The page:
It’s not news that luxury fashion has woken up to the potential importance of the secondary market. As the CEO of One of None, I have spent the last two years talking to fashion companies about the issue of authentication. Brands primarily see the problem through the lens of reputation protection and address it via litigation. But the missing provenance from luxury resales is much more than that. 

DeShone Kizer
Founder and CEO of One of None, a marketplace for digitally-linked limited editions across fine art, fashion, & collectibles.

The Future is
Authenticated, Brands
Risk Missing the

Provenance – or the lack of it – lies at the heart of a radical, transformational shift in the marketplace. Solve the provenance conundrum and you shape the future of luxury sales – and positively impact every player in the creator-collector-consumer-investor nexus. Continue to kick the can down the road, and the secondary marketplace doesn’t go away, it simply grows disfigured and misshapen. (Cue the Darth Vader music.)

Provenance has dramatically increased in importance because the secondary market is now unrecognizable from even just a few years ago, upended by a convergence of new buyer preferences and new technology platforms: think peer-to-peer digital exchanges such as Poshmark and eBay, and curated marketplaces such as StockX and Goat. 

Secondary markets are

becoming the primary place

for buyers

Driving this change are investors and collectors who have passionately embraced the secondary market despite the brands they love staying on the resale sidelines. Stats from the 2023 thredUp Resale Report show that younger buyers increasingly look to the secondary markets to make a purchase before checking the primary market. The same study shows that 9 in 10 luxury resale buyers end up making a full-price purchase from the brands they shop in the secondary market – and 75% of luxury resale buyers have also contributed to the market as sellers.

The financial scale of the secondary market has correspondingly changed, too. The global luxury resale market is estimated to be nearly $33 billion today – and is expected to balloon to $52 billion by 2026. That’s an eye-popping 62% increase in just three years that’s simply too big to leave to the lawyers. 

At the same time, the lines between consumers, collectors, and investors have increasingly blurred. Those Hermes Birkin Bags or Nike Travis Scott Air Jordan 1’s not only appreciate exponentially in value – they are resold again and again in future years. And as they do, the same doubt about provenance – and opportunity for savvy counterfeiters to enter the stream – reemerges at each new transaction point. 

Brands are


the wrong

counterfeiting battle

Consensus estimates place the impact of counterfeiting in the luxury goods market above $600 billion annually. It’s no wonder counterfeiters are digging in their Louboutin heels and feeling confident they can win at legal whack-a-mole. 

LVMH employs over 60 lawyers and spends nearly $17 million each year on legal fees related to anti-counterfeiting lawsuits. Chanel won an $11.5 million settlement with TheRealReal over counterfeits sold as authentic Chanel pieces. Nike is also currently working through several lawsuits with StockX for selling digital products marketed as 100% authentic. It’s a good fight, but ultimately a drop in the bucket.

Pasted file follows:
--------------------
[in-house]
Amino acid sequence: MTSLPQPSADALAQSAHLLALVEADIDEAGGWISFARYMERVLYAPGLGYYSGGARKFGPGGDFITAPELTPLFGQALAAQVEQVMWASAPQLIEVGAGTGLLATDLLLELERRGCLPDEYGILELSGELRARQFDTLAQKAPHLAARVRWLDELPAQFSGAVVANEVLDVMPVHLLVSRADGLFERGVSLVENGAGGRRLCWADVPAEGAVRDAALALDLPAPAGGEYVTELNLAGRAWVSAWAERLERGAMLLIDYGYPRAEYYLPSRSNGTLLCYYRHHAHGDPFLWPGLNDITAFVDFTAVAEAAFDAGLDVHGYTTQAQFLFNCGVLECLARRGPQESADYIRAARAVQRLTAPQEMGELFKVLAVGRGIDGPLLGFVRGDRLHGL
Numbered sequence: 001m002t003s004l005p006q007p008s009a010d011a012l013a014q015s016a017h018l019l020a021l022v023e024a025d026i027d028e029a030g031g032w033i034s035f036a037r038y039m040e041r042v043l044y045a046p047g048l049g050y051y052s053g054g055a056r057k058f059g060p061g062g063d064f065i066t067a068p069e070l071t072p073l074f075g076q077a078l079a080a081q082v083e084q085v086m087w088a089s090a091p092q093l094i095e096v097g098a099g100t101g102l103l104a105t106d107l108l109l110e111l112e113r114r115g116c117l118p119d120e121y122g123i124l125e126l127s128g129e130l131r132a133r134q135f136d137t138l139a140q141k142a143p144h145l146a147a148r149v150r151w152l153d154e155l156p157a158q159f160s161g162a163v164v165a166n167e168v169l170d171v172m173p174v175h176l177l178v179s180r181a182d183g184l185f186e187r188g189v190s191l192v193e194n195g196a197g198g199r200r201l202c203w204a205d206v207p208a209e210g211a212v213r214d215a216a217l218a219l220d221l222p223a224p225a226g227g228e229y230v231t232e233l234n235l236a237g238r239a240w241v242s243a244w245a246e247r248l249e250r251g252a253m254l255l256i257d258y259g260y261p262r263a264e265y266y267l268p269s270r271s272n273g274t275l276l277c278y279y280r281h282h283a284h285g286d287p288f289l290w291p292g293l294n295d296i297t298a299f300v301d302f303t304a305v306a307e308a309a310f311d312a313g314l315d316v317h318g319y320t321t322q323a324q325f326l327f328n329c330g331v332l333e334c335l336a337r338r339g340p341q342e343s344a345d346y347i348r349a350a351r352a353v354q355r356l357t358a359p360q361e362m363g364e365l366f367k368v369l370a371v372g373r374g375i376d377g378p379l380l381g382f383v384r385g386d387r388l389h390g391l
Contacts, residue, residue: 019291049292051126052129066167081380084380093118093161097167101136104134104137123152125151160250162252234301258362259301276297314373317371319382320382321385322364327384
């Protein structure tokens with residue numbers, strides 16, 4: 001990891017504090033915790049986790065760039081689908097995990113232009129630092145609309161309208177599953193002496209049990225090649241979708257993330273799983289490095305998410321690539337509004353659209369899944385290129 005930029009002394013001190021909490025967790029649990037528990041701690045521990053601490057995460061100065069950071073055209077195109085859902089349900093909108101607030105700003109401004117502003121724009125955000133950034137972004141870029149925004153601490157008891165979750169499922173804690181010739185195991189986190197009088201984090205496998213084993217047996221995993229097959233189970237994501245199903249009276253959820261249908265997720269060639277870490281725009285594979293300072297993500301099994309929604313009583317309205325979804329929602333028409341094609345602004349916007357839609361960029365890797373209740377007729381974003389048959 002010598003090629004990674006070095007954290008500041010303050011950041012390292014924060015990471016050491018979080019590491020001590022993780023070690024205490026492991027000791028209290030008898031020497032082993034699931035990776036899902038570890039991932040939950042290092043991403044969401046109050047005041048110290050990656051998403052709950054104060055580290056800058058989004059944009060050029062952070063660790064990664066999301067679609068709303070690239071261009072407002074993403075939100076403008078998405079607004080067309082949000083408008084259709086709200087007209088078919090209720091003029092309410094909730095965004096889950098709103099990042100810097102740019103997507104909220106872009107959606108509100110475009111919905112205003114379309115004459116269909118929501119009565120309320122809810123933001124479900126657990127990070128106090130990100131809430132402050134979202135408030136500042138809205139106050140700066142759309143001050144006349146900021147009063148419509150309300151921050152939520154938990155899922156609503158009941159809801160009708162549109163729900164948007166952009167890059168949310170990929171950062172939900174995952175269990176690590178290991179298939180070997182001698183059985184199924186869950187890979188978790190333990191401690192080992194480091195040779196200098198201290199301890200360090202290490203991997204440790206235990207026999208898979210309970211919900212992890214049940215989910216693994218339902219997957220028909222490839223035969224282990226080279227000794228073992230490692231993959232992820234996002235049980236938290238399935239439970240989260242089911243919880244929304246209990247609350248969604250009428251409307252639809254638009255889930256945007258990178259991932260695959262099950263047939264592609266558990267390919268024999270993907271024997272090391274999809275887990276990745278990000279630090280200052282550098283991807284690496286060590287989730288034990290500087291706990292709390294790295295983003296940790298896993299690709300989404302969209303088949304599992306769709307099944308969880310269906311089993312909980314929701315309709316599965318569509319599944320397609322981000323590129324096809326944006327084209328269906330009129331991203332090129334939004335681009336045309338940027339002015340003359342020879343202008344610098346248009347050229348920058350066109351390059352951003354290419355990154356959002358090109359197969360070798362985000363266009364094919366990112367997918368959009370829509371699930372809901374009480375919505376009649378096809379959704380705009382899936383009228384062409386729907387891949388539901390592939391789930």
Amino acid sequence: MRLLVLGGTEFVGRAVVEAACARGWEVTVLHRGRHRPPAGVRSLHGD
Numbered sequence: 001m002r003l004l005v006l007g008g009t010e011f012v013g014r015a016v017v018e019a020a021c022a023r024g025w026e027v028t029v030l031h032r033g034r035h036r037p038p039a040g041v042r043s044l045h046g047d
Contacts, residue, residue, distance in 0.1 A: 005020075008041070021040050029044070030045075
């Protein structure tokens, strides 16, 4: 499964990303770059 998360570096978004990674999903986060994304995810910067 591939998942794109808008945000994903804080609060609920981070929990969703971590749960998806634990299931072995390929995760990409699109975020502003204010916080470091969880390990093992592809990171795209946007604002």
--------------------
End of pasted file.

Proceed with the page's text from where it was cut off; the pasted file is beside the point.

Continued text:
Instead of fighting these counterfeiting battles in the courts they could simply make it easier for consumers to know what they’re buying is real. A focus on working with secondary marketplaces on using unbreakable digital certification would not eliminate counterfeits entirely but make them far less valuable and sought after.

By creating a unique digital ID – essentially a digital counterpart or certificate – for every luxury physical item, creators forever ‘mark’ the item as a one-of-a-kind. 

In the fine art world, physical works are sold with paper Certificates of Authenticity that validate a work’s origins and buyer history. Digital authentication does the same, but via a mechanism that cannot be lost, copied or hacked – and is portable to any digital ecosystem. 

The resale

royalty opportunity

Importantly, these digital certificates are already ‘future-proofed’ in anticipation of the next phase of the digital secondary marketplace – resale royalties. This is the concept of a creator customizing the digital certificate at the outset so that for every future resale, whether public or private, they receive a predetermined fractional royalty payment. 

This option can be existentially important to an emerging solo artist or creator who is just beginning to make a name for themselves. For large, mega-brands, they’ll need to weigh the pros of royalty revenue vs the cons of buyer push-back – but at a minimum it’s something that must be discussed in C-suites given the market’s new dynamics.

Like a song royalty, fractional payments add up. In the near future, these royalties can increasingly become critical components of business plans and revenue streams. 

Our internal models at my company, One of None, predict that in the next decade – if major brands overcome the authentication challenge – they will be generating at least 20% to 30% of their limited edition sales revenue from precisely these digitally-linked secondary marketplaces. And that’s the conservative estimate.

Brands need to get off the sidelines and play an active role in shaping the future of secondary marketplaces. Digital transformations happen when they make good business sense. The authentication solution is the latest example of this – and it’s about to reach its tipping point and rapidly scale.

Do you agree with this?
Do you disagree or have a completely different perspective?
We’d love to know


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